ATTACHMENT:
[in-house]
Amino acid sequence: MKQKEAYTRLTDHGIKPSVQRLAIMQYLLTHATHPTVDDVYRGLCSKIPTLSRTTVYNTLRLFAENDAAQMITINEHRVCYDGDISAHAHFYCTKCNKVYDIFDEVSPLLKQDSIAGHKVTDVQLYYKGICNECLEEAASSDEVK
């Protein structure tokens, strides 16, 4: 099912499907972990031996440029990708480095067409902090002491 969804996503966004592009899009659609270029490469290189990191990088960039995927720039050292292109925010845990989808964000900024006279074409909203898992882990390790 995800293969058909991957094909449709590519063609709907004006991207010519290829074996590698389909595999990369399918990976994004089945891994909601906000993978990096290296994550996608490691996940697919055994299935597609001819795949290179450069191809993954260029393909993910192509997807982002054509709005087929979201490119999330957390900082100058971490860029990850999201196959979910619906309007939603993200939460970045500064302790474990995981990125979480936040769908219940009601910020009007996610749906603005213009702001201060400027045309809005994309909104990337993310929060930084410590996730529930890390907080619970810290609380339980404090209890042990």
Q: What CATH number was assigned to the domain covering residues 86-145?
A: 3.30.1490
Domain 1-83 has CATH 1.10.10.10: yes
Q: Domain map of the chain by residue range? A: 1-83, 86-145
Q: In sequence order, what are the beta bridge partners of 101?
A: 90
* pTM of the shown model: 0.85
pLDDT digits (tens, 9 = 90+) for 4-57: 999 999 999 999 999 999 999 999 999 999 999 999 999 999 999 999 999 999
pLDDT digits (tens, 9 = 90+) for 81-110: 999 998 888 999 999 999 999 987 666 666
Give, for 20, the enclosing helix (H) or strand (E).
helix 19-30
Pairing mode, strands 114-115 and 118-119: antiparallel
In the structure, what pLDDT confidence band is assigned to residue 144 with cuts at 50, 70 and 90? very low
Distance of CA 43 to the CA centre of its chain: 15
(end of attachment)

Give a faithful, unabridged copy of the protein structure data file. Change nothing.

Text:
[in-house]
Amino acid sequence: MKQKEAYTRLTDHGIKPSVQRLAIMQYLLTHATHPTVDDVYRGLCSKIPTLSRTTVYNTLRLFAENDAAQMITINEHRVCYDGDISAHAHFYCTKCNKVYDIFDEVSPLLKQDSIAGHKVTDVQLYYKGICNECLEEAASSDEVK
């Protein structure tokens, strides 16, 4: 099912499907972990031996440029990708480095067409902090002491 969804996503966004592009899009659609270029490469290189990191990088960039995927720039050292292109925010845990989808964000900024006279074409909203898992882990390790 995800293969058909991957094909449709590519063609709907004006991207010519290829074996590698389909595999990369399918990976994004089945891994909601906000993978990096290296994550996608490691996940697919055994299935597609001819795949290179450069191809993954260029393909993910192509997807982002054509709005087929979201490119999330957390900082100058971490860029990850999201196959979910619906309007939603993200939460970045500064302790474990995981990125979480936040769908219940009601910020009007996610749906603005213009702001201060400027045309809005994309909104990337993310929060930084410590996730529930890390907080619970810290609380339980404090209890042990």
Q: What CATH number was assigned to the domain covering residues 86-145?
A: 3.30.1490
Domain 1-83 has CATH 1.10.10.10: yes
Q: Domain map of the chain by residue range? A: 1-83, 86-145
Q: In sequence order, what are the beta bridge partners of 101?
A: 90
* pTM of the shown model: 0.85
pLDDT digits (tens, 9 = 90+) for 4-57: 999 999 999 999 999 999 999 999 999 999 999 999 999 999 999 999 999 999
pLDDT digits (tens, 9 = 90+) for 81-110: 999 998 888 999 999 999 999 987 666 666
Give, for 20, the enclosing helix (H) or strand (E).
helix 19-30
Pairing mode, strands 114-115 and 118-119: antiparallel
In the structure, what pLDDT confidence band is assigned to residue 144 with cuts at 50, 70 and 90? very low
Distance of CA 43 to the CA centre of its chain: 15